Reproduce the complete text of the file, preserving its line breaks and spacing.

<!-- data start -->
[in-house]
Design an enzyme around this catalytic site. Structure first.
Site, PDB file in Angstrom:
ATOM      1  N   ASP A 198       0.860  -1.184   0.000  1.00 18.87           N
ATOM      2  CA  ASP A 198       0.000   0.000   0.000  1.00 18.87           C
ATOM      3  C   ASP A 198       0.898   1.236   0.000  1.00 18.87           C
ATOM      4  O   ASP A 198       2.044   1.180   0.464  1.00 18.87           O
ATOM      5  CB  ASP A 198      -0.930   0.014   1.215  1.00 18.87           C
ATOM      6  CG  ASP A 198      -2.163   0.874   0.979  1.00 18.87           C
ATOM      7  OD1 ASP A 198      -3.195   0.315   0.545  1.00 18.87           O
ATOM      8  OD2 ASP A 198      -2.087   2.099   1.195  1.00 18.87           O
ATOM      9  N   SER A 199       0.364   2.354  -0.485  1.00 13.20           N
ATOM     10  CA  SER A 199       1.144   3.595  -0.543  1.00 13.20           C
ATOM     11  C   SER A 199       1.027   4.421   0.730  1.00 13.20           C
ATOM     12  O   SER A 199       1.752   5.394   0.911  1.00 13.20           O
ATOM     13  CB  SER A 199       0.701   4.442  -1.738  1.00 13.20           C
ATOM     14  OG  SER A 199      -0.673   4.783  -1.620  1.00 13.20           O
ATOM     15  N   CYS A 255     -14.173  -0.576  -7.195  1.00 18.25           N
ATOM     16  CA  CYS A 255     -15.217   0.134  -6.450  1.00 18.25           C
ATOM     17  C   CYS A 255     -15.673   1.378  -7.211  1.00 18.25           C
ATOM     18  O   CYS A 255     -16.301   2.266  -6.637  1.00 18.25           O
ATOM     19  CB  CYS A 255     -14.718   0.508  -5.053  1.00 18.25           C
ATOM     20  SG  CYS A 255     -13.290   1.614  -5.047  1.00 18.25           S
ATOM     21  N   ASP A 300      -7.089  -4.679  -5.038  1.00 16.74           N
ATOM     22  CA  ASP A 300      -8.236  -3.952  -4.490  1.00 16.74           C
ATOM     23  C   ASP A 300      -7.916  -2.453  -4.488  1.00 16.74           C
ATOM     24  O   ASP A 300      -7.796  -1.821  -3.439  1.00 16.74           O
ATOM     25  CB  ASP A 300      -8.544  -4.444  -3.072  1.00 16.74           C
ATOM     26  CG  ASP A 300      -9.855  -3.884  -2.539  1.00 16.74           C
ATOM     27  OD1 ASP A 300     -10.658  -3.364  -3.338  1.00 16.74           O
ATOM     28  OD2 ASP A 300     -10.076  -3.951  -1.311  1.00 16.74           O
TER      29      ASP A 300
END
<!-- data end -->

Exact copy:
[in-house]
Design an enzyme around this catalytic site. Structure first.
Site, PDB file in Angstrom:
ATOM      1  N   ASP A 198       0.860  -1.184   0.000  1.00 18.87           N
ATOM      2  CA  ASP A 198       0.000   0.000   0.000  1.00 18.87           C
ATOM      3  C   ASP A 198       0.898   1.236   0.000  1.00 18.87           C
ATOM      4  O   ASP A 198       2.044   1.180   0.464  1.00 18.87           O
ATOM      5  CB  ASP A 198      -0.930   0.014   1.215  1.00 18.87           C
ATOM      6  CG  ASP A 198      -2.163   0.874   0.979  1.00 18.87           C
ATOM      7  OD1 ASP A 198      -3.195   0.315   0.545  1.00 18.87           O
ATOM      8  OD2 ASP A 198      -2.087   2.099   1.195  1.00 18.87           O
ATOM      9  N   SER A 199       0.364   2.354  -0.485  1.00 13.20           N
ATOM     10  CA  SER A 199       1.144   3.595  -0.543  1.00 13.20           C
ATOM     11  C   SER A 199       1.027   4.421   0.730  1.00 13.20           C
ATOM     12  O   SER A 199       1.752   5.394   0.911  1.00 13.20           O
ATOM     13  CB  SER A 199       0.701   4.442  -1.738  1.00 13.20           C
ATOM     14  OG  SER A 199      -0.673   4.783  -1.620  1.00 13.20           O
ATOM     15  N   CYS A 255     -14.173  -0.576  -7.195  1.00 18.25           N
ATOM     16  CA  CYS A 255     -15.217   0.134  -6.450  1.00 18.25           C
ATOM     17  C   CYS A 255     -15.673   1.378  -7.211  1.00 18.25           C
ATOM     18  O   CYS A 255     -16.301   2.266  -6.637  1.00 18.25           O
ATOM     19  CB  CYS A 255     -14.718   0.508  -5.053  1.00 18.25           C
ATOM     20  SG  CYS A 255     -13.290   1.614  -5.047  1.00 18.25           S
ATOM     21  N   ASP A 300      -7.089  -4.679  -5.038  1.00 16.74           N
ATOM     22  CA  ASP A 300      -8.236  -3.952  -4.490  1.00 16.74           C
ATOM     23  C   ASP A 300      -7.916  -2.453  -4.488  1.00 16.74           C
ATOM     24  O   ASP A 300      -7.796  -1.821  -3.439  1.00 16.74           O
ATOM     25  CB  ASP A 300      -8.544  -4.444  -3.072  1.00 16.74           C
ATOM     26  CG  ASP A 300      -9.855  -3.884  -2.539  1.00 16.74           C
ATOM     27  OD1 ASP A 300     -10.658  -3.364  -3.338  1.00 16.74           O
ATOM     28  OD2 ASP A 300     -10.076  -3.951  -1.311  1.00 16.74           O
TER      29      ASP A 300
END